(ATR) Youth Olympic Games athletes became the United Nations in the long track speedskating Mixed NOC team sprint Wednesday.
Victory ceremony for long track speedskating Mixed NOC team sprint (ATR)
Sumiya Buyantogtokh of Mongolia, Noemi Bonazza of Italy, Hanyang Shen of China and Jae Woong Chung of Korea teamed up for the gold as part of the dryly named “Team 6.” Chung crossed the finish line at the Hamar Olympic Hall Viking Ship in 1 minute, 57.85 seconds.
Bonazza said she learned that “in this sport and sport in general, it doesn’t matter if you are Italian or Chinese or whatever. If you work together with people who have your same passion, it’s a good thing.”
And while she called it “strange” sharing the same step of the podium with athletes from other countries, Bonazza said it was “also nice because we did a race all together, so if we won the gold, all the team won the gold -- not just one person.”
However, other athletes surely shared the sentiment of bronze medalist Allan Dahl Johannson of Norway, who said, “Of course, it would be nice to stand there with all Norwegians, but it was nice to be there with my team and it was a great team victory.”
Other Mixed NOC team events will be held in figure skating and short track speed skating, both on Saturday.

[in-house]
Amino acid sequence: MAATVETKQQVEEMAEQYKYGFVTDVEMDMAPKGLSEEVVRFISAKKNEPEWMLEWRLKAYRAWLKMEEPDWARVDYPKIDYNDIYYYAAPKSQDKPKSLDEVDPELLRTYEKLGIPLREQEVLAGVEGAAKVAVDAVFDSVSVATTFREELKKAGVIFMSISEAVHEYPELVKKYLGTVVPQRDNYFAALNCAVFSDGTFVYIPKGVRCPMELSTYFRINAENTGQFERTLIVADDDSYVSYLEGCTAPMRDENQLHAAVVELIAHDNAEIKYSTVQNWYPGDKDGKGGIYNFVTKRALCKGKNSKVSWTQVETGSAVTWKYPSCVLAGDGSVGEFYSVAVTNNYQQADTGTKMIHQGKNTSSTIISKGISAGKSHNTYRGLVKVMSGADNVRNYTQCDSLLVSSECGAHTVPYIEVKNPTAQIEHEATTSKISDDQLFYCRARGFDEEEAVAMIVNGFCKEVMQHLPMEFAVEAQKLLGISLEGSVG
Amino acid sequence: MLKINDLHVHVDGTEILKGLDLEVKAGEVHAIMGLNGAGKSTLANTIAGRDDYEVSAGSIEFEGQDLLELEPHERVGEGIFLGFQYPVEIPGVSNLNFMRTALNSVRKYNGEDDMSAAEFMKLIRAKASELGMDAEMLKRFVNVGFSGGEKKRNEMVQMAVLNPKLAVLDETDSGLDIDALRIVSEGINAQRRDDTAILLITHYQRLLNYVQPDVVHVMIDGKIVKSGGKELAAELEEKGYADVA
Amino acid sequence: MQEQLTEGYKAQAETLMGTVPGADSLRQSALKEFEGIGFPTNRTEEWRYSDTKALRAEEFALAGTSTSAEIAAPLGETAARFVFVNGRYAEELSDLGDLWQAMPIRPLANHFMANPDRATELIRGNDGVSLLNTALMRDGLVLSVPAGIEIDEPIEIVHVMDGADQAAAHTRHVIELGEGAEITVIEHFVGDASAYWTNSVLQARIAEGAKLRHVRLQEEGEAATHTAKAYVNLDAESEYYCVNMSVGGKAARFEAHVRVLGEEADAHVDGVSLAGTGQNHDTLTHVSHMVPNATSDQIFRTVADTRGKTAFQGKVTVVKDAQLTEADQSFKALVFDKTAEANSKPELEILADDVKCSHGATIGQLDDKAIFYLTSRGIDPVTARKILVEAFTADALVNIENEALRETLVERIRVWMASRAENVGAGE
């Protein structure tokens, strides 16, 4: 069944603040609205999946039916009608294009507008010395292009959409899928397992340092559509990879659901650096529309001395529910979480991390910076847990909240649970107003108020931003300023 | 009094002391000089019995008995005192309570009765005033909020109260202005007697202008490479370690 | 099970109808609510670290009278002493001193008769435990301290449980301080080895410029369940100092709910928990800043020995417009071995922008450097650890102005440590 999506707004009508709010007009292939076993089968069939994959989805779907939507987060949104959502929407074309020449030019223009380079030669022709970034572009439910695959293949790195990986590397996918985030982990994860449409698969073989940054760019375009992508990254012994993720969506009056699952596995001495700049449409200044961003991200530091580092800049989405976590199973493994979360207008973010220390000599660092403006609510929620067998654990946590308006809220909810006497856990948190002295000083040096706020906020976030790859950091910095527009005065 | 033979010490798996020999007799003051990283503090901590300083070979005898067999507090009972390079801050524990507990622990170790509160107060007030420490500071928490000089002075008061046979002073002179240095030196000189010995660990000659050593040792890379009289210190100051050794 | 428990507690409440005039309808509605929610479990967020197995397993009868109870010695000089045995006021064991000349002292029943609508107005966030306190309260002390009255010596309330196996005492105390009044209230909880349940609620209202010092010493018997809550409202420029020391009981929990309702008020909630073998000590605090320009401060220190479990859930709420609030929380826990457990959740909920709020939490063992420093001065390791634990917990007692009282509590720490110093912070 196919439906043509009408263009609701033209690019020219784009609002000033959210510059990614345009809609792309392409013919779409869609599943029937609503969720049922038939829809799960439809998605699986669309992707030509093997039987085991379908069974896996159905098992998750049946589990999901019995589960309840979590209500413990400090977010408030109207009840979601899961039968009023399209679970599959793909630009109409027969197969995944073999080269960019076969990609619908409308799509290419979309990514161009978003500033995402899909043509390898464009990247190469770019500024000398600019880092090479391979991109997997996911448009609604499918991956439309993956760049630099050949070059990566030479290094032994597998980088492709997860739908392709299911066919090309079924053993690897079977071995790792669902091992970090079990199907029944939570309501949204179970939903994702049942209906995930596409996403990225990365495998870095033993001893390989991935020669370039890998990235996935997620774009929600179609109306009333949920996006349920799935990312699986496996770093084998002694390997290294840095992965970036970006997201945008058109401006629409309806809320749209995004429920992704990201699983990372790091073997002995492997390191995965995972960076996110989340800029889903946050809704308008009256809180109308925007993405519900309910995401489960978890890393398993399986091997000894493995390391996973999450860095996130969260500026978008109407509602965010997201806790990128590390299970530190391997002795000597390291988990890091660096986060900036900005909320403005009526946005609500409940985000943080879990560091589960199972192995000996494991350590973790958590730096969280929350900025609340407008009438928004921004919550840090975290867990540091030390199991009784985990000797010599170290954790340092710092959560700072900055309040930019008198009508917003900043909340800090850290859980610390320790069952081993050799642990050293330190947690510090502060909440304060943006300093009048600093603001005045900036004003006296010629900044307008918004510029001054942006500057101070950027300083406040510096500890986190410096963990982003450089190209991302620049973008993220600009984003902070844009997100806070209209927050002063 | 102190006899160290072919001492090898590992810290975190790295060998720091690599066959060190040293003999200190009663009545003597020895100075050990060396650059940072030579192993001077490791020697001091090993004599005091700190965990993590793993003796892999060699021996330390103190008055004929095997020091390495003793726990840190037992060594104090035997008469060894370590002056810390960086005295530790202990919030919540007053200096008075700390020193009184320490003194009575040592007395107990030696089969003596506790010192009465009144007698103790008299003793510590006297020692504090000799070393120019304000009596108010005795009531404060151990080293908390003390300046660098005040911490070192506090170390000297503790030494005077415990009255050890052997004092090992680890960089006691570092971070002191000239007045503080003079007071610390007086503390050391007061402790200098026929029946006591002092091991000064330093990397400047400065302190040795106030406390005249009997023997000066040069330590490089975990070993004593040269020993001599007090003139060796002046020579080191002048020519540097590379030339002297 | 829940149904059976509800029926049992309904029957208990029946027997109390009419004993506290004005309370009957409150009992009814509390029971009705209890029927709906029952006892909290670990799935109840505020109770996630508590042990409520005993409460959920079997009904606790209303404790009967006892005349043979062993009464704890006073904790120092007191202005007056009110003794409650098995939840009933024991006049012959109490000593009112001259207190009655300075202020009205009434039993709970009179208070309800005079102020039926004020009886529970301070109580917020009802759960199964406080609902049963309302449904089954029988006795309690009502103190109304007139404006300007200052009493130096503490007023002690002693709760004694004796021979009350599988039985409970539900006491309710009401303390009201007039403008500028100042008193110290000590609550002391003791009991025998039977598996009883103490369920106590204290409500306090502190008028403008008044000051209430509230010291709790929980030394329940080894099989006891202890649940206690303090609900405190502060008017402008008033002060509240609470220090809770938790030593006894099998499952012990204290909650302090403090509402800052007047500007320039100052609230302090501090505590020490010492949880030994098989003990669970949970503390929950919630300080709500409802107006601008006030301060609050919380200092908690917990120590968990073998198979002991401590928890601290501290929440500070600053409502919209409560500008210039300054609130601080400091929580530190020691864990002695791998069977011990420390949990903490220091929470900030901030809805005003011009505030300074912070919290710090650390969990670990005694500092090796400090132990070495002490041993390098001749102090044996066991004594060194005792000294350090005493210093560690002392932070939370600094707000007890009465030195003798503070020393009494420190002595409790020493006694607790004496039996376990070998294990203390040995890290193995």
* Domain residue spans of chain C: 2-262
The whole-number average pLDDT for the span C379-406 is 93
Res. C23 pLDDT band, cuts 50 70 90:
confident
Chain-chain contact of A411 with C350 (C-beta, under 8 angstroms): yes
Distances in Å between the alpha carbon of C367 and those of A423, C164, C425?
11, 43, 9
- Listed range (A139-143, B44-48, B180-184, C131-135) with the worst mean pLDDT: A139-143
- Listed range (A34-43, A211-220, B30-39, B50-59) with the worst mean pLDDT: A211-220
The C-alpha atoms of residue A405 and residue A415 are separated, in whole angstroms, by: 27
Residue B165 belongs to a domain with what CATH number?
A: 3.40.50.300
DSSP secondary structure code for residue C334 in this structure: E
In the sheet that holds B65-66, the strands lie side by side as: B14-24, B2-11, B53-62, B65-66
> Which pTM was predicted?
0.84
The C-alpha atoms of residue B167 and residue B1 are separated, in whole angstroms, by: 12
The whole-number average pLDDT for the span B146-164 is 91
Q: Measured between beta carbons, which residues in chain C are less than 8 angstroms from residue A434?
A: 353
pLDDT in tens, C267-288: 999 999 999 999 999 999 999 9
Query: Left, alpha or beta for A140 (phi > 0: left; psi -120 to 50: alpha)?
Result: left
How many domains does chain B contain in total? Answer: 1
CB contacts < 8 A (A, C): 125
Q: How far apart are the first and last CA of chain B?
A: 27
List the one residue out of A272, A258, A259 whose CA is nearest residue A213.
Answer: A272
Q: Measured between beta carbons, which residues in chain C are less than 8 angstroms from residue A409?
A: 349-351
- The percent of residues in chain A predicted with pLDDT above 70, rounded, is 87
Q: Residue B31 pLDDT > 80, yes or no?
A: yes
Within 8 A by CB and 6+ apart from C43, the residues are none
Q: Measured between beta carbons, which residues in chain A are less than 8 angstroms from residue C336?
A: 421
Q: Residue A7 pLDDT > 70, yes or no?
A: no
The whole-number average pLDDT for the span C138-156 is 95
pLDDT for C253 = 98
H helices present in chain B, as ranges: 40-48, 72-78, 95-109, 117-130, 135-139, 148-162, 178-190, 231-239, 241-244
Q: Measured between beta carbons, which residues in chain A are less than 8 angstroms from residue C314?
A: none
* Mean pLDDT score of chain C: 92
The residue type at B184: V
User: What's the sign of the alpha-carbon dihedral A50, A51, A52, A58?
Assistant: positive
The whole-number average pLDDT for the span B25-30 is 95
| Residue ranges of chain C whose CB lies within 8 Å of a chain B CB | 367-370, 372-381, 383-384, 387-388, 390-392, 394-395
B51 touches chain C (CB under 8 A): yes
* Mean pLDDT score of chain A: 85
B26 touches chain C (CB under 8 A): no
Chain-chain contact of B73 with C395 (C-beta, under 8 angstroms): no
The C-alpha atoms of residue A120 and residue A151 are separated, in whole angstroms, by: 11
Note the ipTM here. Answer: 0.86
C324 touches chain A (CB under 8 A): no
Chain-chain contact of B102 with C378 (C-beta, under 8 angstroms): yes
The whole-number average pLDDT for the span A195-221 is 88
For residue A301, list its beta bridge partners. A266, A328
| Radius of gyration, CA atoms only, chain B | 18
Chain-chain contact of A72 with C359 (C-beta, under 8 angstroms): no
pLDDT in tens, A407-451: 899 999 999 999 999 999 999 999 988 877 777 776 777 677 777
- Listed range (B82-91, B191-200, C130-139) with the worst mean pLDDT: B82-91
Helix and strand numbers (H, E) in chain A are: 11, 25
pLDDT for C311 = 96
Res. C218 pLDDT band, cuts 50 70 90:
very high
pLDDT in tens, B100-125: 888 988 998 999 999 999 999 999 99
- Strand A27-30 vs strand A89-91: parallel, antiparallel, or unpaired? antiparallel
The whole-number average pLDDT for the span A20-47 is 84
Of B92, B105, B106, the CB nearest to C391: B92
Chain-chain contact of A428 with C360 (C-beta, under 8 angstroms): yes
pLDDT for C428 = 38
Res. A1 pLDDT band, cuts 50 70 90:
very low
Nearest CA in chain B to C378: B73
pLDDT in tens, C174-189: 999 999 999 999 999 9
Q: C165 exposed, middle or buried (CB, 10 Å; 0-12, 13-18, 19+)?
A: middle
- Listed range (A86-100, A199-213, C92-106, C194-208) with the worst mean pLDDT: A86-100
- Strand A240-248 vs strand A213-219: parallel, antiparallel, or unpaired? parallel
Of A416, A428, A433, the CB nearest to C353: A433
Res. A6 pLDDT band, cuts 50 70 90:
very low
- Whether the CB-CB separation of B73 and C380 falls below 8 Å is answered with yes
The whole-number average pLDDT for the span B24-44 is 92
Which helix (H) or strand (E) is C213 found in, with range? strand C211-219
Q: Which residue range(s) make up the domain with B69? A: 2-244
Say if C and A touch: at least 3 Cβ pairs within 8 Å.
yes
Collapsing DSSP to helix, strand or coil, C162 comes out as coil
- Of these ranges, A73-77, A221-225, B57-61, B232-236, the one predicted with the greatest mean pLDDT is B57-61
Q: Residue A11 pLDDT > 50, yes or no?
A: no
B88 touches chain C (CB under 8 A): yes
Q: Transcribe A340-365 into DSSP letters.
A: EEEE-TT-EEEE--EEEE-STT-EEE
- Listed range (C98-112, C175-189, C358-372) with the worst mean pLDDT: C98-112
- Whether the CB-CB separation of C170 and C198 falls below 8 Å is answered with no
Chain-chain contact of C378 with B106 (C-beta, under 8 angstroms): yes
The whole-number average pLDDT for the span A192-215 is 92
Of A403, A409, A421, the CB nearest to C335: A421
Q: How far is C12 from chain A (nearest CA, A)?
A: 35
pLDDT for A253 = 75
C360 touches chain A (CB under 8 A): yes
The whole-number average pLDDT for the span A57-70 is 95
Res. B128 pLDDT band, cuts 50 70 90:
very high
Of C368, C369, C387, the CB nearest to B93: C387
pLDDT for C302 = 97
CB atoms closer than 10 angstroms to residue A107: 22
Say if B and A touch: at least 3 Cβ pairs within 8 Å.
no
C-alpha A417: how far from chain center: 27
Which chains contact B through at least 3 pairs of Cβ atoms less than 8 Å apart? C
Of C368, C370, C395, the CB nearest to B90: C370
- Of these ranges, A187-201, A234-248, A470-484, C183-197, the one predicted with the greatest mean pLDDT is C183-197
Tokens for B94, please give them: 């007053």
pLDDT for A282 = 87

One of the long track speedskating Mixed NOC teams (ATR)
Thirteen mixed teams took the ice at the Vikingskipet for the event which made its international debut earlier this year at the Junior World Championships. The Mixed Team Sprint could eventually become an Olympic event, but presumably with all team members from the same country.
To make the teams as equal as possible, they were seeded so that women ranked No. 1-14 based on their 500-meter finish would be placed on Teams 1-14, and those ranked 15-28 would be placed in reverse order. The men, seeded according to the 1,500, were placed so that No. 14 was on Team 1 and No. 1 on Team 14, etc.
They only had one day to train together, led by a coach often from an unrelated country. That meant that in keeping with the “Learn & Share” philosophy, they had to learn to work together and three teams shared a medal, while one shared a crash.
Inside the Viking Ship (ATR)
In all but the first race, two teams started at opposite sides of the oval for the four-lap race.
The first lap was led by a woman, who then dropped off. A woman also led the second lap before leaving the race. Then two men skated, and finally a male skater finished alone.
Team 9 won the silver medal, composed of Karolina Gasecka of Poland, Elisa Dul of the Netherlands, Anvar Mukhamadeyev of Kazakhstan and Austin Kleba of the U.S. Their time of 1:58.80 barely edged Team 10 at 1:58.87.
The members of the bronze-medal winning team were Mihaela Hogas of Germany, Chiara Cristelli of Italy, Ole Jeske of Germany and Johansson.
For the victory ceremony, three Olympic flags – white background with five rings – were raised next to one of the most colorful podiums of the YOG while the Olympic Anthem played.
Although some athletes couldn’t communicate very well off the ice, on the ice they all spoke the language of skating.
Written by Karen Rosen in Hamar, Norway.
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